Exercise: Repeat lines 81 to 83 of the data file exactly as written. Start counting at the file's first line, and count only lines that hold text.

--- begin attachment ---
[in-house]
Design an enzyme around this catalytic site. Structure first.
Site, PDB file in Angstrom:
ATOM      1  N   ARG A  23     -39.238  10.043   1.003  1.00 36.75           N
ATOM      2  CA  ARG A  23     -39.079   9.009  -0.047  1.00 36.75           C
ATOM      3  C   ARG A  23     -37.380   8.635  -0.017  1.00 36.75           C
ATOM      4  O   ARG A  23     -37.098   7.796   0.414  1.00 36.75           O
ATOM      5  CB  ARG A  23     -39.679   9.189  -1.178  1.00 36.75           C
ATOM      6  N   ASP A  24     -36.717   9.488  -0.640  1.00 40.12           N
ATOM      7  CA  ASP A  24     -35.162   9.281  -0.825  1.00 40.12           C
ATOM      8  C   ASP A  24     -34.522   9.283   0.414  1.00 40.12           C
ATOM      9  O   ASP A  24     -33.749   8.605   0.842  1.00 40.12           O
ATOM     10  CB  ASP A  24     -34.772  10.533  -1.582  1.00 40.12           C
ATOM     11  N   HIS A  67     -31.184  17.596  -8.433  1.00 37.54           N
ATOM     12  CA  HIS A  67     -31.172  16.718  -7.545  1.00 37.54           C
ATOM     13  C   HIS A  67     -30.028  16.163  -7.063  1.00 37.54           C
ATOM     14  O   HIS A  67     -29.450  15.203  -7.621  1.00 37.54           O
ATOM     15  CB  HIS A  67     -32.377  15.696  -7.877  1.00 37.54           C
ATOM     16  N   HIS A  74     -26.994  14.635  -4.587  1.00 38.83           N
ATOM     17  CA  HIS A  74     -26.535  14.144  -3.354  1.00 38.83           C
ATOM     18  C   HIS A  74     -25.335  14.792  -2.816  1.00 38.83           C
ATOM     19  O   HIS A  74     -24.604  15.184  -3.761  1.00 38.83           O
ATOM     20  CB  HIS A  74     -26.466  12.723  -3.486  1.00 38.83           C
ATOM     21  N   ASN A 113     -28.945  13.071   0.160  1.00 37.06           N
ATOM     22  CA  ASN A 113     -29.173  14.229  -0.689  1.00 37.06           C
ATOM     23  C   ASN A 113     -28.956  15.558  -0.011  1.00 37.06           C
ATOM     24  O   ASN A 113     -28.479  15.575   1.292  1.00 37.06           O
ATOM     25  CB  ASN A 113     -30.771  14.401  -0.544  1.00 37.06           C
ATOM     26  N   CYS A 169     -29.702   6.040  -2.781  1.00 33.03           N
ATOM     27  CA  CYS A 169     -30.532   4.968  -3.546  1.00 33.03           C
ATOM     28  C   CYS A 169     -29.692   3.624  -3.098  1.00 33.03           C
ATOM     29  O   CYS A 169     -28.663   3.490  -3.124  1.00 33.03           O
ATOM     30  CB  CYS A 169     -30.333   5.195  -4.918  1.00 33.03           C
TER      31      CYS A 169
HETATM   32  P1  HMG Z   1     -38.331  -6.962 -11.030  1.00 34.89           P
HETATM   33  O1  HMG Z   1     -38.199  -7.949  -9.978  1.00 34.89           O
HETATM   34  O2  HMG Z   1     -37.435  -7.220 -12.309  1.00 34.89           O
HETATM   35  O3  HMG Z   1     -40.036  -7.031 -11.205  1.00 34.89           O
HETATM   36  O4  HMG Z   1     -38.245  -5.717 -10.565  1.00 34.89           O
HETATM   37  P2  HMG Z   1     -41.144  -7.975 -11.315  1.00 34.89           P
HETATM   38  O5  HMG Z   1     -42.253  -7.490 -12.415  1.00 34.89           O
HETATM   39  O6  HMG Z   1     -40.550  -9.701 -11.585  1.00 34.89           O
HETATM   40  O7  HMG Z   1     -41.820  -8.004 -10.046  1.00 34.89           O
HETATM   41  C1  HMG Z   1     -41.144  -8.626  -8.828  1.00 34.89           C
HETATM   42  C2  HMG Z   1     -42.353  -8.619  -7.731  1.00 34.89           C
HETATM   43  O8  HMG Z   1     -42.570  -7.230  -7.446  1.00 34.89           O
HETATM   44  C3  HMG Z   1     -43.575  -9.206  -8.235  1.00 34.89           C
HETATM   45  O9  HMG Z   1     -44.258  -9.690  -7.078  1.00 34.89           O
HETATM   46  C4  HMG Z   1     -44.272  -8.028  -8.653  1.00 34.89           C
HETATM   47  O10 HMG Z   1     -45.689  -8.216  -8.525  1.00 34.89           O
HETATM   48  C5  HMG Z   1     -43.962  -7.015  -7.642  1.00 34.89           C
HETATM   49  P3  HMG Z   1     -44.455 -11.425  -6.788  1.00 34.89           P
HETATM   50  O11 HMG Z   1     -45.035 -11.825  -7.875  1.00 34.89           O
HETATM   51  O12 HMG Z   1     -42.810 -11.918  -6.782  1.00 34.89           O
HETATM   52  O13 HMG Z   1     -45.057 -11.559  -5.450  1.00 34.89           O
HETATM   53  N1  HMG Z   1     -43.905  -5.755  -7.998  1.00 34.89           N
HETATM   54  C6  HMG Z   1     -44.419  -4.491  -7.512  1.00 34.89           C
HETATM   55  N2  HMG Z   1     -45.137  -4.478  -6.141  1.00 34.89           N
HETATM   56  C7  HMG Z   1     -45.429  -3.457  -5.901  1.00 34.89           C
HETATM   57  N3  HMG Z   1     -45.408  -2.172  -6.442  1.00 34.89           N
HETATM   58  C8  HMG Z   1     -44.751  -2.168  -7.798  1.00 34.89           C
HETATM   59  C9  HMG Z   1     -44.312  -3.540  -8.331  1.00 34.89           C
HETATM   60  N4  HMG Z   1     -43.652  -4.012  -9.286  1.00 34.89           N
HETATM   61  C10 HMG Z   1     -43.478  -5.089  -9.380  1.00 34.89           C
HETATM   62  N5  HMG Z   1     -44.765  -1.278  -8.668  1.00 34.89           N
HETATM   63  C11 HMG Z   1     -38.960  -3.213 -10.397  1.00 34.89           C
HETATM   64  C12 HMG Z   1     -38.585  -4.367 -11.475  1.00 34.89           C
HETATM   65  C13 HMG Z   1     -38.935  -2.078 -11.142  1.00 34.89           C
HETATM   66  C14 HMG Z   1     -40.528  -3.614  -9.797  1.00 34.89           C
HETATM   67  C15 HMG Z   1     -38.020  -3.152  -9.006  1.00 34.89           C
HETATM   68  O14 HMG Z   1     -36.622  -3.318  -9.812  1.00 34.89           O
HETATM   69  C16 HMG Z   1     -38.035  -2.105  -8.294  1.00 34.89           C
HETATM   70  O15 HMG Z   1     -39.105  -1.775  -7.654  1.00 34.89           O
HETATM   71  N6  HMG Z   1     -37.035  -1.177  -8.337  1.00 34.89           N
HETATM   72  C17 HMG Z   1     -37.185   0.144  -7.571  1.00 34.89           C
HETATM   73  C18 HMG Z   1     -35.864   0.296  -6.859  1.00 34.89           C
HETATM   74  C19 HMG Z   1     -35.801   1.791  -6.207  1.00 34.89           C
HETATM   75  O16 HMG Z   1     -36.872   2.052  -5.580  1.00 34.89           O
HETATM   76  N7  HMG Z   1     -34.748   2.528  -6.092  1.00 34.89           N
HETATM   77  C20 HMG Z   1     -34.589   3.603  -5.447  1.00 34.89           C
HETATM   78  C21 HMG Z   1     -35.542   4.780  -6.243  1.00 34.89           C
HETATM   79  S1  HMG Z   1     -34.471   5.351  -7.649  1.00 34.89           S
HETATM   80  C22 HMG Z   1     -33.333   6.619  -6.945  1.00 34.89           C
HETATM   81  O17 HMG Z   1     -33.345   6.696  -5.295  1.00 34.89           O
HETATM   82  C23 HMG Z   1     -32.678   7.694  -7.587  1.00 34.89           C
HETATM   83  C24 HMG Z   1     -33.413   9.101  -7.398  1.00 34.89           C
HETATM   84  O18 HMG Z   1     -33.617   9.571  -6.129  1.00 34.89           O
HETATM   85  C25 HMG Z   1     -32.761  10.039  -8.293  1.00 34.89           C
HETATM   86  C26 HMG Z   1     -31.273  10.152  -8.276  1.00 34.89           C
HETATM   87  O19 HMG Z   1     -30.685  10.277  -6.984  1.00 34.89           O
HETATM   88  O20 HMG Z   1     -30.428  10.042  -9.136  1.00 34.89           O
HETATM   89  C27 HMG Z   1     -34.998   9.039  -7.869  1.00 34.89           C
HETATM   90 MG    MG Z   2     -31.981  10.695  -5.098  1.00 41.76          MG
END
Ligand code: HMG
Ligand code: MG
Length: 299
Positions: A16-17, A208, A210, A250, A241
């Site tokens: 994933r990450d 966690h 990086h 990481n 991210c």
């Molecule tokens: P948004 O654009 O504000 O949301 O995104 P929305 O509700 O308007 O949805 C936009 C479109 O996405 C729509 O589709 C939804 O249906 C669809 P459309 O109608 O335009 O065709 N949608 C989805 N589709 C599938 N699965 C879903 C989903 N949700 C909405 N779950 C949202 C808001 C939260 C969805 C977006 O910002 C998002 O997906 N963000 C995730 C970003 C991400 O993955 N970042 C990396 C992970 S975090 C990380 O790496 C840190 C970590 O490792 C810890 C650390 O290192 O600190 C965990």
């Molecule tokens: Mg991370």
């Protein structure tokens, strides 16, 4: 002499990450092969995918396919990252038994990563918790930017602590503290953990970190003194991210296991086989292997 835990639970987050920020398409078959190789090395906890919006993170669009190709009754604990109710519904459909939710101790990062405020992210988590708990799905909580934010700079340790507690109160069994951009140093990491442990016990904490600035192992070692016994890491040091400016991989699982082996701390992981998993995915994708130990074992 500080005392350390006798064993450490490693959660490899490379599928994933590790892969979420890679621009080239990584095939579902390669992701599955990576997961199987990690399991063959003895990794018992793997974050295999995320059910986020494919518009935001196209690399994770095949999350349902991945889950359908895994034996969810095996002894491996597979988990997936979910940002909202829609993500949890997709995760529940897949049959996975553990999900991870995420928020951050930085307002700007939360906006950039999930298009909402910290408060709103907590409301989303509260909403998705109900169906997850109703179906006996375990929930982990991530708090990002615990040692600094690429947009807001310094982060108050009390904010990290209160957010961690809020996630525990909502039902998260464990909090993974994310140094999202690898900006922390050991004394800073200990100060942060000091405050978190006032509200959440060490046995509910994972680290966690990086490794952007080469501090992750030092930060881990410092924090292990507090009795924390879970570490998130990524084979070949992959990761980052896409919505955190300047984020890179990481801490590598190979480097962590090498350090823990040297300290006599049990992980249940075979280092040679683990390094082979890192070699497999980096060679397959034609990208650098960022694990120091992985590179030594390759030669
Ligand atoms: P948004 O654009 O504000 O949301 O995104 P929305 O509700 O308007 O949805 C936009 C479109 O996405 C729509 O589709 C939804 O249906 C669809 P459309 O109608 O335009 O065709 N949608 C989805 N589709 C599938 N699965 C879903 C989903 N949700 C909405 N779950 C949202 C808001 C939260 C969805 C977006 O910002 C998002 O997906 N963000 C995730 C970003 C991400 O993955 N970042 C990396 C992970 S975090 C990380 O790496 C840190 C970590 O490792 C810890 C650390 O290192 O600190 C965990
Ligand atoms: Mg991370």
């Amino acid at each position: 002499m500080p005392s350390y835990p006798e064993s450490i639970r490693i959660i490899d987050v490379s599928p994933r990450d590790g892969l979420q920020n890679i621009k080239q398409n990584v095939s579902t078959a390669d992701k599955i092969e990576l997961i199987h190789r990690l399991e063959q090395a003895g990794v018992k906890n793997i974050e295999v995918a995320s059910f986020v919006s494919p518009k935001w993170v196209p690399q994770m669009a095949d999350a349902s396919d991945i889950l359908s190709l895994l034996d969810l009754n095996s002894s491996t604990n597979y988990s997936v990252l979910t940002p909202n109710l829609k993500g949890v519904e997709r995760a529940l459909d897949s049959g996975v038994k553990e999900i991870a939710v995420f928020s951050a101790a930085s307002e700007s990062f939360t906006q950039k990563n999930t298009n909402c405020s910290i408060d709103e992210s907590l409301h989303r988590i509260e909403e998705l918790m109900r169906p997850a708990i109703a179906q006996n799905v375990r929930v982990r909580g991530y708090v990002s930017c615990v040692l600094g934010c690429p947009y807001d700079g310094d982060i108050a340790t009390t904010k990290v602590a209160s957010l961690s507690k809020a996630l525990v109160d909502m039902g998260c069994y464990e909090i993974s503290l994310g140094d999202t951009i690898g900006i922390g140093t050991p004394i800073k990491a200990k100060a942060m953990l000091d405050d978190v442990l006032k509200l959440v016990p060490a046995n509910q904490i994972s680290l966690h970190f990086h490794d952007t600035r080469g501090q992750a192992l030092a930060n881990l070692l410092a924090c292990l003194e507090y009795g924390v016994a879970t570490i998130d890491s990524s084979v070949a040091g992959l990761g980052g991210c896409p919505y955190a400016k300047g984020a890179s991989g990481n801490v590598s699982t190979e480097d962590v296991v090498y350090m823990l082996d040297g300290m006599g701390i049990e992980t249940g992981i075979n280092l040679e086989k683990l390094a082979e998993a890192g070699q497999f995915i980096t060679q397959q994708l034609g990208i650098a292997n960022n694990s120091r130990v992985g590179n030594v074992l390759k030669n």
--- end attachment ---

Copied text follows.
HETATM   78  C21 HMG Z   1     -35.542   4.780  -6.243  1.00 34.89           C
HETATM   79  S1  HMG Z   1     -34.471   5.351  -7.649  1.00 34.89           S
HETATM   80  C22 HMG Z   1     -33.333   6.619  -6.945  1.00 34.89           C